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Spring’s time for bikes — and safety

Sheriff's column

Kevin Sproul

Kevin Sproul

As sheriff, I am deeply concerned with the safety of all citizens. One area of specific concern is the safety of those citizens who ride bicycles on the public roadways in Dougherty County. In today’s economy, bicycles are more commonly seen as the preferred mode of transportation for short trips — especially with springtime upon us.

I wanted to share some basic safety tips for those who rely on this timeless mode of travel. These are my top 10 bicycle safety tips, which were provided by the National Highway Traffic Safety Administration:

  1. Wear a Properly Fitted Bicycle Helmet. Protect your brain, save your life. It is also required by Georgia law for anyone under age 16.
  2. Adjust Your Bicycle to Fit. The seat height should be adjusted to allow a slight bend at the knee when the leg is fully extended. The handlebar height should be level with the seat.
  3. See and Be Seen. Always wear neon, fluorescent, or other bright colors when riding day or night. Also wear something that reflects light, such as reflective tape or markings, or flashing lights.
  4. Watch for and Avoid Road Hazards. Be on the lookout for hazards such as potholes, broken glass, gravel, puddles, leaves and dogs.
  5. Avoid Riding at Night. If you have to ride at night, wear something that makes you more easily seen by others. Make sure you have lights and reflectors on your bicycle (white lights on the front and red lights or reflectors on the rear are required by Georgia law).
  6. Go With the Traffic Flow. Ride on the right in the same direction as other vehicles. Go with the flow — not against it.
  7. Obey All Traffic Laws. A bicycle is a vehicle and you’re a driver. When you ride in the street, obey all traffic signs, signals, and lane markings. Do not carry more people on the bicycle than it is designed and equipped for and do not ride more than two abreast in a traffic lane.
  8. Yield to Traffic When Appropriate. If there is no stop sign or traffic signal and you are coming from a smaller roadway (out of a driveway, from a sidewalk, a bike path, etc.), you must slow down and look to see if the way is clear before proceeding.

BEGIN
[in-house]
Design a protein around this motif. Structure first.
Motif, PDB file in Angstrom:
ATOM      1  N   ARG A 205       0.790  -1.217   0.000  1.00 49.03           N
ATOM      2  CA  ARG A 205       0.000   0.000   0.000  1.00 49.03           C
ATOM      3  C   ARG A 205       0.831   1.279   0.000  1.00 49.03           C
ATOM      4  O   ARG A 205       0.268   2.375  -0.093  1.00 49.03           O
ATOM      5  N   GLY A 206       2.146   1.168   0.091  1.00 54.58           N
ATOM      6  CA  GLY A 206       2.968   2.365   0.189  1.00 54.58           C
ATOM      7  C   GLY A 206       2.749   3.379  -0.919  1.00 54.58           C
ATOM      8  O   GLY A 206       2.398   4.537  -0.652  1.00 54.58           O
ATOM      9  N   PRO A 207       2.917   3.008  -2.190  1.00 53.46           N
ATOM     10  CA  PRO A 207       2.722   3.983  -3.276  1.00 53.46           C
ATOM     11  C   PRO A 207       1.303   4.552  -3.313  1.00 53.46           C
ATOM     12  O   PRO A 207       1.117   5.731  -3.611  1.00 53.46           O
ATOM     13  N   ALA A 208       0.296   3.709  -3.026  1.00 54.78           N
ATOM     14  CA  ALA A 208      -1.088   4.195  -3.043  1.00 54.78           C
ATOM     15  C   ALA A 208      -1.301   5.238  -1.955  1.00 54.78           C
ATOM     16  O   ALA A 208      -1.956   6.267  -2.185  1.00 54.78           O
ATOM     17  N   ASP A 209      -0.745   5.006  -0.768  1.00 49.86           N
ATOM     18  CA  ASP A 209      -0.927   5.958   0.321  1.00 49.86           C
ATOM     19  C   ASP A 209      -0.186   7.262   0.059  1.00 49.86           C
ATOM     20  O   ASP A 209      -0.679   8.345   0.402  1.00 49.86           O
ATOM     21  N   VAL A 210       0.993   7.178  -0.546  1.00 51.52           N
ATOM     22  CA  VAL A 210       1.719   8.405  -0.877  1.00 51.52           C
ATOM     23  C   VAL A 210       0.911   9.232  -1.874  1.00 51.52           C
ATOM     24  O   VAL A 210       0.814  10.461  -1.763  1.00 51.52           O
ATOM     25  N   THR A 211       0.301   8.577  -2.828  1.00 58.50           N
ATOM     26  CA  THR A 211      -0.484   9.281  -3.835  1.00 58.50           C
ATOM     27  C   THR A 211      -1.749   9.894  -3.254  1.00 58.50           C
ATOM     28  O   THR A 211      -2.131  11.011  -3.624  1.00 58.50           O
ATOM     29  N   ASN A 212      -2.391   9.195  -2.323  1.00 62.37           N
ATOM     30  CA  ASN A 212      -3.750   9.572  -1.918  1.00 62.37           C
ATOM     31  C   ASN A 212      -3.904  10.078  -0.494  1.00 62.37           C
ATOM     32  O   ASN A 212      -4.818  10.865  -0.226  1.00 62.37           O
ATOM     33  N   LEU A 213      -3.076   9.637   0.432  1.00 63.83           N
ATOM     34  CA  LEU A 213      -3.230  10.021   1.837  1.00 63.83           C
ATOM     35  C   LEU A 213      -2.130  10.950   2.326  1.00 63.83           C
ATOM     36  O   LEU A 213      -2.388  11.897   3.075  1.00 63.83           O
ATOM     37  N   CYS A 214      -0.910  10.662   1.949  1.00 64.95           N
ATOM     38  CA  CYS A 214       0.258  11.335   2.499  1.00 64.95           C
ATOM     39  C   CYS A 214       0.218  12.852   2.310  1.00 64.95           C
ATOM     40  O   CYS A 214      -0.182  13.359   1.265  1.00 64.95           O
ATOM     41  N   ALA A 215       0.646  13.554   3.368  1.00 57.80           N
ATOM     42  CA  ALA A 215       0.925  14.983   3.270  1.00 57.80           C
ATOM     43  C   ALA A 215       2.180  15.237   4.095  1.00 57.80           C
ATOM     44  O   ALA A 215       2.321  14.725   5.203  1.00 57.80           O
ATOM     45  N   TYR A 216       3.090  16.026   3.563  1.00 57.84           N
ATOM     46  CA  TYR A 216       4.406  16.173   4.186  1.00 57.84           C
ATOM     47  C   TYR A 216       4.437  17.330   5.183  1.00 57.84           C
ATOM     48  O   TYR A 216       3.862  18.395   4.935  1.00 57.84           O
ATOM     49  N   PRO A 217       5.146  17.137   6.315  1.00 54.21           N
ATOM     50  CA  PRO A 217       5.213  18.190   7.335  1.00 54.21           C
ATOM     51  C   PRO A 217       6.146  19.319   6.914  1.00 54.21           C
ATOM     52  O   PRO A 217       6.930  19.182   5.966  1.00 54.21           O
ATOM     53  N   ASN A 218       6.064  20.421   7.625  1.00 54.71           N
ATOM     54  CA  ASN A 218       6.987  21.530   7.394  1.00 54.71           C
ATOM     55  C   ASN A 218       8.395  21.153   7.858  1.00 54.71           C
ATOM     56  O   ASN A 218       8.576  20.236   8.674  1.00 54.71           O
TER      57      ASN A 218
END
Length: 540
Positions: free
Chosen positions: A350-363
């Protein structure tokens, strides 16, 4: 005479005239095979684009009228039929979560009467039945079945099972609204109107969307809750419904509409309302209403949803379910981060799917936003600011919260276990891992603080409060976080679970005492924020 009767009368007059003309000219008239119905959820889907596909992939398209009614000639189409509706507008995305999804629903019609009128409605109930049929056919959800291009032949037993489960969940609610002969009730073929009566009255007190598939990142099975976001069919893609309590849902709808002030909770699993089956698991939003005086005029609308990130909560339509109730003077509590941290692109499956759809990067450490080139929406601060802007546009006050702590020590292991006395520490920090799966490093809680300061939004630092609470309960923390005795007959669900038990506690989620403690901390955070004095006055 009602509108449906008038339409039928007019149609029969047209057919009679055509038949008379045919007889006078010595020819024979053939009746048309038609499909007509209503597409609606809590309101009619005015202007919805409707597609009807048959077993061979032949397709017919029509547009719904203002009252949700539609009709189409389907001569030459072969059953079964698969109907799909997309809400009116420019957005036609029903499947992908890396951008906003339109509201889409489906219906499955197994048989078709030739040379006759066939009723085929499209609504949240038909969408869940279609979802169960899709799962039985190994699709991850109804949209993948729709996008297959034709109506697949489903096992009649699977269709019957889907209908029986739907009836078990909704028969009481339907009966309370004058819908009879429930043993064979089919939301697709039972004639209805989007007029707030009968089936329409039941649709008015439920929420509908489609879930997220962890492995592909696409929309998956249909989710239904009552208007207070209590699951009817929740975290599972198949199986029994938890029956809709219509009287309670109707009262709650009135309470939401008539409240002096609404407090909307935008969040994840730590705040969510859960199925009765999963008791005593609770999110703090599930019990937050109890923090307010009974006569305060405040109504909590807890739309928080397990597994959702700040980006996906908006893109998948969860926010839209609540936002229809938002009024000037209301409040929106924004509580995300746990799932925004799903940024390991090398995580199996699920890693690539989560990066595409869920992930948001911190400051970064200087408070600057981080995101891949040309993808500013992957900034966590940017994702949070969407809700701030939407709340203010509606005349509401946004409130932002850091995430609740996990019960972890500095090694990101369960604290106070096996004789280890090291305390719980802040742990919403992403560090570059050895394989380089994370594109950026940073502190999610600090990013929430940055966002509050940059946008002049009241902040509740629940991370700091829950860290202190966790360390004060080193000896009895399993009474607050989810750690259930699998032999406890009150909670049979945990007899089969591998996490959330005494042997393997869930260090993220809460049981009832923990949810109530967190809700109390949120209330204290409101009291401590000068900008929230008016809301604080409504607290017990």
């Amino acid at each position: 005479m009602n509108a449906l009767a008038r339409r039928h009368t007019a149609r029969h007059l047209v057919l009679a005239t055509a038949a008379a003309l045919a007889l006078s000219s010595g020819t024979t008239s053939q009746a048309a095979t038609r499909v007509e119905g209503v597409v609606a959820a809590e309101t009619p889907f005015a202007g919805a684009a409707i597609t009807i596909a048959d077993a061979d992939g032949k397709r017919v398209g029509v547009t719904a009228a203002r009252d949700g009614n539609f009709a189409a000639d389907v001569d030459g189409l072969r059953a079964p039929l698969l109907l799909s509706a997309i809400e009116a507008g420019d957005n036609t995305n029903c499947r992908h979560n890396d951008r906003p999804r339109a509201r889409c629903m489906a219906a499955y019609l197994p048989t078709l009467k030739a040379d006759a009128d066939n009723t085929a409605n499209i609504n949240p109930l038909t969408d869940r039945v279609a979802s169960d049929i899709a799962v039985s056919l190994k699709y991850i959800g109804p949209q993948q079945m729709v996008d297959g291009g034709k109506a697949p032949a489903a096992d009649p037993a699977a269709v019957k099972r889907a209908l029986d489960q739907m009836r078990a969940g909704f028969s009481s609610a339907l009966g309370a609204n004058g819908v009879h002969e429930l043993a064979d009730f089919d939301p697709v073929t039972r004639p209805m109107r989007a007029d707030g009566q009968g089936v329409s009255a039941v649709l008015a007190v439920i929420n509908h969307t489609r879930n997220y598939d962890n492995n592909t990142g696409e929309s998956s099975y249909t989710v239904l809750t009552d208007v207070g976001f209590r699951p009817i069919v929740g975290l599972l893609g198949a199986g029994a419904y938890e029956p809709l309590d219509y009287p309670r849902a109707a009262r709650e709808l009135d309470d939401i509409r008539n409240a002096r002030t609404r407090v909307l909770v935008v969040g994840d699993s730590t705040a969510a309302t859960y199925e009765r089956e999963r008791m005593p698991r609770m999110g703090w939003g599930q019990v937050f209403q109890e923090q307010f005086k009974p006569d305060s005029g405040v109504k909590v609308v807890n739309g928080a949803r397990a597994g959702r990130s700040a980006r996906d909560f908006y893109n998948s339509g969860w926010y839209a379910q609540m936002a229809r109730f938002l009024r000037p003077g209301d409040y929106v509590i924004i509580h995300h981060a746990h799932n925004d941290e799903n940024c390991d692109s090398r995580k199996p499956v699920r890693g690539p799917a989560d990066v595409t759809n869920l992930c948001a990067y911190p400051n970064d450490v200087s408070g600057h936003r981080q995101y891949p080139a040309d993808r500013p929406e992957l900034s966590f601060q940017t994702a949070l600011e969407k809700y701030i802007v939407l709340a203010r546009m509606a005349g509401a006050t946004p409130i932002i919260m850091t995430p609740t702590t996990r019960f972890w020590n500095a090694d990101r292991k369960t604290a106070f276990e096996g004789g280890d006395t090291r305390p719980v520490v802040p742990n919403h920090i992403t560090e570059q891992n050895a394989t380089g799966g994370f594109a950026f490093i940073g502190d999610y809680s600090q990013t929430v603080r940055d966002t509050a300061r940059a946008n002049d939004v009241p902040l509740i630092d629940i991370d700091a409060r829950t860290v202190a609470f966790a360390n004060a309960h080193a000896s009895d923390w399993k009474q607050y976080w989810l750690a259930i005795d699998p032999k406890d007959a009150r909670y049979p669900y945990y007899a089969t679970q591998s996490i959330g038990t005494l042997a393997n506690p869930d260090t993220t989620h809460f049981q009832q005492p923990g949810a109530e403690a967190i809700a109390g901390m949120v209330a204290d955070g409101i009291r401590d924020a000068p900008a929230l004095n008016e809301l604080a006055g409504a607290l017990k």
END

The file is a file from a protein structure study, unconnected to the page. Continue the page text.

9. Be Predictable. Ride in a straight line, not in and out of cars. Signal your moves to others.
  10. Stay Alert at All Times. Use your eyes and ears. Watch out for potholes, cracks, wet leaves, storm grates, railroad tracks, or anything that could make you lose control of your bike. You need your ears to hear traffic and avoid dangerous situations; don’t wear a headset when you ride.

When safety rules are followed, a bicycle can be a very reliable and efficient method of transportation. Many of the bicycles available today combine great quality with reasonable cost. If you choose to ride a bicycle for transportation, exercise, or recreational enjoyment, please do so with care. Obey the rules and stay safe. If you need further information or have any questions, please feel free to call my office at (229) 431-3259 or (229) 430-6508.

Sheriff Kevin Sproul is a longtime resident of Dougherty County. He is a graduate of Albany High School, Darton College and LaGrange College of Albany. Sproul has been employed with the Dougherty County Sheriff’s Office since 1982 and can be reached at (229) 430-6508.